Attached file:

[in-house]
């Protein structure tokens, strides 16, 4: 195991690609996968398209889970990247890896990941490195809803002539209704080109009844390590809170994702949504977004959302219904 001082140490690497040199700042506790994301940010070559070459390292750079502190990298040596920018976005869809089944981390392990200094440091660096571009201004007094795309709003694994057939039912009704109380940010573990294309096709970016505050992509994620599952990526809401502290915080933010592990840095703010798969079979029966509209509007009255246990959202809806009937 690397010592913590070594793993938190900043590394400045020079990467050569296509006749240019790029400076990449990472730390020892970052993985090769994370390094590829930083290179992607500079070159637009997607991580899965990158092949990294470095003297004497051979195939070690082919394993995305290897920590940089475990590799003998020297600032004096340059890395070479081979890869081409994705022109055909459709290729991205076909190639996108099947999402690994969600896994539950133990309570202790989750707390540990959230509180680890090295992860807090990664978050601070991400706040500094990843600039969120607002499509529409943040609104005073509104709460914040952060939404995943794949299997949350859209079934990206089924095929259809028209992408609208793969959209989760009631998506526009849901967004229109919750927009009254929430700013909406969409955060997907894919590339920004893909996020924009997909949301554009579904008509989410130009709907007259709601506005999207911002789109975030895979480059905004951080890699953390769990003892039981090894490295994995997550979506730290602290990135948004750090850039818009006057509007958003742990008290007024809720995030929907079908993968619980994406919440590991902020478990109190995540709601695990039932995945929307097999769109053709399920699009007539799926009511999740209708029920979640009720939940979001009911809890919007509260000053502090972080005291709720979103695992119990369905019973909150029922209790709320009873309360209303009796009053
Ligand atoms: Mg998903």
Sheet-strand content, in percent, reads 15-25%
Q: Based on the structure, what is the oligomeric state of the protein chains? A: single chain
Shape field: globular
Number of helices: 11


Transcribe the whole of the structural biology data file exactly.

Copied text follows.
[in-house]
């Protein structure tokens, strides 16, 4: 195991690609996968398209889970990247890896990941490195809803002539209704080109009844390590809170994702949504977004959302219904 001082140490690497040199700042506790994301940010070559070459390292750079502190990298040596920018976005869809089944981390392990200094440091660096571009201004007094795309709003694994057939039912009704109380940010573990294309096709970016505050992509994620599952990526809401502290915080933010592990840095703010798969079979029966509209509007009255246990959202809806009937 690397010592913590070594793993938190900043590394400045020079990467050569296509006749240019790029400076990449990472730390020892970052993985090769994370390094590829930083290179992607500079070159637009997607991580899965990158092949990294470095003297004497051979195939070690082919394993995305290897920590940089475990590799003998020297600032004096340059890395070479081979890869081409994705022109055909459709290729991205076909190639996108099947999402690994969600896994539950133990309570202790989750707390540990959230509180680890090295992860807090990664978050601070991400706040500094990843600039969120607002499509529409943040609104005073509104709460914040952060939404995943794949299997949350859209079934990206089924095929259809028209992408609208793969959209989760009631998506526009849901967004229109919750927009009254929430700013909406969409955060997907894919590339920004893909996020924009997909949301554009579904008509989410130009709907007259709601506005999207911002789109975030895979480059905004951080890699953390769990003892039981090894490295994995997550979506730290602290990135948004750090850039818009006057509007958003742990008290007024809720995030929907079908993968619980994406919440590991902020478990109190995540709601695990039932995945929307097999769109053709399920699009007539799926009511999740209708029920979640009720939940979001009911809890919007509260000053502090972080005291709720979103695992119990369905019973909150029922209790709320009873309360209303009796009053
Ligand atoms: Mg998903």
Sheet-strand content, in percent, reads 15-25%
Q: Based on the structure, what is the oligomeric state of the protein chains? A: single chain
Shape field: globular
Number of helices: 11